Sen. Lindsey Graham (R-SC) said he would leave the state to break the quorum and prevent Democrats from passing their spending package.
How we got here: Graham’s comments come after around 50 House lawmakers in Texas fled the state to block the passage of a GOP-backed election bill that they said would make voting in the state harder. Republicans argued that it would ensure election integrity and safety.
What he said: Graham made the remarks while discussing Democrats’ plan to add a spending package to President Joe Biden’s infrastructure plan during an appearance on Fox News‘ “Sunday Morning Futures.”
He said that he would use the tactics of leaving the state to prevent the vote from moving forward and urged his GOP colleagues to do the same.
“Hell yeah, I would leave. I would use everything lawfully in my toolbox to prevent rampant inflation,” the Senator told host Maria Bartiromo. “To my Republican colleagues, we may learn something from our Democratic friends in Texas when it comes to avoiding a $3.5 trillion tax and spend package: Leave town.”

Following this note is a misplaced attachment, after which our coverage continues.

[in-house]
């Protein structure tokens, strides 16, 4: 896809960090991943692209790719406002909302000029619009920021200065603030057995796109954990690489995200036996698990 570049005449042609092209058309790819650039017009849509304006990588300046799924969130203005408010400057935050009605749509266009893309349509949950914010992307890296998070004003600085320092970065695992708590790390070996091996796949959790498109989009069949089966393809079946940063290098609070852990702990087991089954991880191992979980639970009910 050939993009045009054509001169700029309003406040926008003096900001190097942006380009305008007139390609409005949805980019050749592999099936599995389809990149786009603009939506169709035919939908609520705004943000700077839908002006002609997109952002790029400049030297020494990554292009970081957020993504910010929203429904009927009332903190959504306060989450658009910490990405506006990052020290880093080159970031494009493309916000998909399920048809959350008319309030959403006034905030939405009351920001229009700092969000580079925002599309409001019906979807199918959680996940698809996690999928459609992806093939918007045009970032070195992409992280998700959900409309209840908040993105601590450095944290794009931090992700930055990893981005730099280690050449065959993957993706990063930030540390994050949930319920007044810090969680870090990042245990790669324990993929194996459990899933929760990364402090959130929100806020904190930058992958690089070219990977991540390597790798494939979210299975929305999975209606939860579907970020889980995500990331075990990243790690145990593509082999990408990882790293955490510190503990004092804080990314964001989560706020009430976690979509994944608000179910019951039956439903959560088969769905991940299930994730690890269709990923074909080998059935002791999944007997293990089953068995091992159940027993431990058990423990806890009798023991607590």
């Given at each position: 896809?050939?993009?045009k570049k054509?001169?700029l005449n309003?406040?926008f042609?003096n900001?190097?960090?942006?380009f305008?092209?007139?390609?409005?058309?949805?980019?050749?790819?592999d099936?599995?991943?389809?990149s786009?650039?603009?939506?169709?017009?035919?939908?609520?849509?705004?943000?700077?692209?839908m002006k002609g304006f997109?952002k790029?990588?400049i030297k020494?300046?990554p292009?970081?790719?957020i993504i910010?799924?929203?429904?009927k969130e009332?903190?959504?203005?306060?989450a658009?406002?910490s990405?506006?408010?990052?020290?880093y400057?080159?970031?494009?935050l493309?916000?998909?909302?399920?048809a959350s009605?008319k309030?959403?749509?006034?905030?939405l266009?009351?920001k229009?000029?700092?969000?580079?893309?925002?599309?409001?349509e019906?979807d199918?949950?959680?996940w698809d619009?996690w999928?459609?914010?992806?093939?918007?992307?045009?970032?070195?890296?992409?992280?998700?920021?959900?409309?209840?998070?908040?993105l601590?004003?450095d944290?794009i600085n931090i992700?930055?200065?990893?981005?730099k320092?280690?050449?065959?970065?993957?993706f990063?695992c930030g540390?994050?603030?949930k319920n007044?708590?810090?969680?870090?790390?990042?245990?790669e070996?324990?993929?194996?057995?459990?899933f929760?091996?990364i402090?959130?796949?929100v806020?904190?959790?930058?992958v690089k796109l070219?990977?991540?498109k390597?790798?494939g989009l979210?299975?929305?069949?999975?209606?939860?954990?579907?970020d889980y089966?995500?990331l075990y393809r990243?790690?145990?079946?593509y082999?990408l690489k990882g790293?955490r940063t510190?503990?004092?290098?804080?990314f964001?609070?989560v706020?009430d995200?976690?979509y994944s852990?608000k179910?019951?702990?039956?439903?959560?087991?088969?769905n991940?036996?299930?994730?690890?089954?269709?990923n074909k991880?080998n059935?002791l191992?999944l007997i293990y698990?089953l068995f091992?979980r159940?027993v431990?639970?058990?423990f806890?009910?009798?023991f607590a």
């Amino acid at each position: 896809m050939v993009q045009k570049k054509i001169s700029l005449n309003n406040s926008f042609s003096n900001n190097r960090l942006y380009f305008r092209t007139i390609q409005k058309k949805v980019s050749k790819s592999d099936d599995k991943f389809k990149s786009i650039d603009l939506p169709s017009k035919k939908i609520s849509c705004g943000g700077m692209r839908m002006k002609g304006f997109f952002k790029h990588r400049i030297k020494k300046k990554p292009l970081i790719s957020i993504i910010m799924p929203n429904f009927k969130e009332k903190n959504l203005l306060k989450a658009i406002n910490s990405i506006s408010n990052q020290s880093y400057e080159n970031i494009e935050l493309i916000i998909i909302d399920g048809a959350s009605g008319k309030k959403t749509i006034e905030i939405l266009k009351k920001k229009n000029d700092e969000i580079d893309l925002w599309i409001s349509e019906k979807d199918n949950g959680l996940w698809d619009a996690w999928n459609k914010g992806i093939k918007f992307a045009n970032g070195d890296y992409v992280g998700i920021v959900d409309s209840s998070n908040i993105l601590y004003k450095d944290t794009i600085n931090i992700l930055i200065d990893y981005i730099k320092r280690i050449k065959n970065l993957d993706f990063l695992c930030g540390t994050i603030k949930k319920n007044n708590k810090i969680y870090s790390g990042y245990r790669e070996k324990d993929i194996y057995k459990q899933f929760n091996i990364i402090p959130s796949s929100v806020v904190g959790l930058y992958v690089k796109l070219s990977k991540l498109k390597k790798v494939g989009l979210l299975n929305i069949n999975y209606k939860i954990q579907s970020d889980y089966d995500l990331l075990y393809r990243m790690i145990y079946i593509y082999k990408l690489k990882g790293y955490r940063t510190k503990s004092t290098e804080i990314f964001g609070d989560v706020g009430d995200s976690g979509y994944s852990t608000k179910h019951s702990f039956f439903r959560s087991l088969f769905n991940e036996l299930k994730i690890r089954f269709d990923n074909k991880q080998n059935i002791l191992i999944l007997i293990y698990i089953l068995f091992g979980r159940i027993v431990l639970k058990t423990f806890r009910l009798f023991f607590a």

Graham said that he supports the infrastructire plan but not the reconciliation package, which he described as “a liberal wish list,” with “all kinds of new social programs unrelated to infrastructure.” He argued that only a “massive tax increase” could pay for the spending package.
The spending package: Graham was referring to a $3.5 trillion reconciliation package that Democrats plan to attach to the roughly $950 billion infrastructure legislation. Senate Majrotiy Leader Chuck Schumer announced it last week, saying the proposal would include “robust expansion of Medicare” and benefits like vision, hearing dental coverage, as well as funding for clean energy.
“We are very proud of this plan. We know we have a long road to go. We’re going to get this done for the sake of making average Americans’ lives a whole lot better,” he said at the time. “If we pass this, this is the most profound change to help American families in generations.”
What’s more, Democrats can pass the bill with a simple majority, or in other words, without a single Republican vote.
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